nachricht 3D images of cancer cells in the body: Medical physicists from Halle present new method
16.05.2018 | Martin-Luther-Universität Halle-Wittenberg

nachricht Better equipped in the fight against lung cancer
16.05.2018 | Friedrich-Alexander-Universität Erlangen-Nürnberg

All articles from Health and Medicine >>>

The most recent press releases about innovation >>>

Die letzten 5 Focus-News des innovations-reports im Überblick:

Im Focus: Explanation for puzzling quantum oscillations has been found

So-called quantum many-body scars allow quantum systems to stay out of equilibrium much longer, explaining experiment | Study published in Nature Physics

Recently, researchers from Harvard and MIT succeeded in trapping a record 53 atoms and individually controlling their quantum state, realizing what is called a...

Im Focus: Dozens of binaries from Milky Way's globular clusters could be detectable by LISA

Next-generation gravitational wave detector in space will complement LIGO on Earth

The historic first detection of gravitational waves from colliding black holes far outside our galaxy opened a new window to understanding the universe. A...

Im Focus: Entangled atoms shine in unison

A team led by Austrian experimental physicist Rainer Blatt has succeeded in characterizing the quantum entanglement of two spatially separated atoms by observing their light emission. This fundamental demonstration could lead to the development of highly sensitive optical gradiometers for the precise measurement of the gravitational field or the earth's magnetic field.

The age of quantum technology has long been heralded. Decades of research into the quantum world have led to the development of methods that make it possible...

Im Focus: Computer-Designed Customized Regenerative Heart Valves

Cardiovascular tissue engineering aims to treat heart disease with prostheses that grow and regenerate. Now, researchers from the University of Zurich, the Technical University Eindhoven and the Charité Berlin have successfully implanted regenerative heart valves, designed with the aid of computer simulations, into sheep for the first time.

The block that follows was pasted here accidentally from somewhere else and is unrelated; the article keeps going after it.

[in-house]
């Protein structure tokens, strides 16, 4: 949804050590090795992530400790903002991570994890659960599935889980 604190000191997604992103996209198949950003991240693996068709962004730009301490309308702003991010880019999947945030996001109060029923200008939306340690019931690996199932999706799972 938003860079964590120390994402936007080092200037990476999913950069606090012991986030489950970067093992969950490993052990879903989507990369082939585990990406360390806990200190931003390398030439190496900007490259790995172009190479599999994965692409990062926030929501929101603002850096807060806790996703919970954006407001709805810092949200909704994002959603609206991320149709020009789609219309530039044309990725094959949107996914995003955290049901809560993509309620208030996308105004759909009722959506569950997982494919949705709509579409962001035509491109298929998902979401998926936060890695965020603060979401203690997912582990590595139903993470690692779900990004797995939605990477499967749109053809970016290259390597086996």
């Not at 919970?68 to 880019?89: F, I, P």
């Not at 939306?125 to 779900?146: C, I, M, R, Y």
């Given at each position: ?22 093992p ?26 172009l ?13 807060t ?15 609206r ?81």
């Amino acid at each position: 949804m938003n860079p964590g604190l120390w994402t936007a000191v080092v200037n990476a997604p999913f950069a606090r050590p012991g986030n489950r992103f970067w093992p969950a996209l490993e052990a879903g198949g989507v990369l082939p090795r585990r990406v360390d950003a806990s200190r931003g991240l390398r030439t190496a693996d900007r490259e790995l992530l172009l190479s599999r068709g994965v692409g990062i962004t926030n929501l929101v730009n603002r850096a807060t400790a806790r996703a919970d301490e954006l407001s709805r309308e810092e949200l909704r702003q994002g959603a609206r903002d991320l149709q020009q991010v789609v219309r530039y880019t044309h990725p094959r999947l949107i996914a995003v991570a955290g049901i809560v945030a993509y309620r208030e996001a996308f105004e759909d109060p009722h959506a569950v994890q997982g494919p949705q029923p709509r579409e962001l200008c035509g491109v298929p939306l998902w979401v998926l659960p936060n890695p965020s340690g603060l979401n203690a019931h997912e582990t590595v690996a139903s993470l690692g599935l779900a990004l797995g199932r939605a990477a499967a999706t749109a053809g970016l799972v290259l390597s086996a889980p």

Producing living tissue or organs based on human cells is one of the main research fields in regenerative medicine. Tissue engineering, which involves growing...

Im Focus: Light-induced superconductivity under high pressure

A team of scientists of the Max Planck Institute for the Structure and Dynamics of Matter (MPSD) at the Center for Free-Electron Laser Science in Hamburg investigated optically-induced superconductivity in the alkali-doped fulleride K3C60under high external pressures. This study allowed, on one hand, to uniquely assess the nature of the transient state as a superconducting phase. In addition, it unveiled the possibility to induce superconductivity in K3C60 at temperatures far above the -170 degrees Celsius hypothesized previously, and rather all the way to room temperature. The paper by Cantaluppi et al has been published in Nature Physics.

Unlike ordinary metals, superconductors have the unique capability of transporting electrical currents without any loss. Nowadays, their technological...

All Focus news of the innovation-report >>>

Anzeige

Anzeige

VideoLinks
Industry & Economy
Event News

Save the date: Forum European Neuroscience – 07-11 July 2018 in Berlin, Germany

02.05.2018 | Event News

Invitation to the upcoming "Current Topics in Bioinformatics: Big Data in Genomics and Medicine"

13.04.2018 | Event News

Unique scope of UV LED technologies and applications presented in Berlin: ICULTA-2018

12.04.2018 | Event News

 
Latest News

Supersonic waves may help electronics beat the heat

18.05.2018 | Power and Electrical Engineering

Keeping a Close Eye on Ice Loss

18.05.2018 | Information Technology

CrowdWater: An App for Flood Research

18.05.2018 | Information Technology

VideoLinks
Science & Research
Overview of more VideoLinks >>>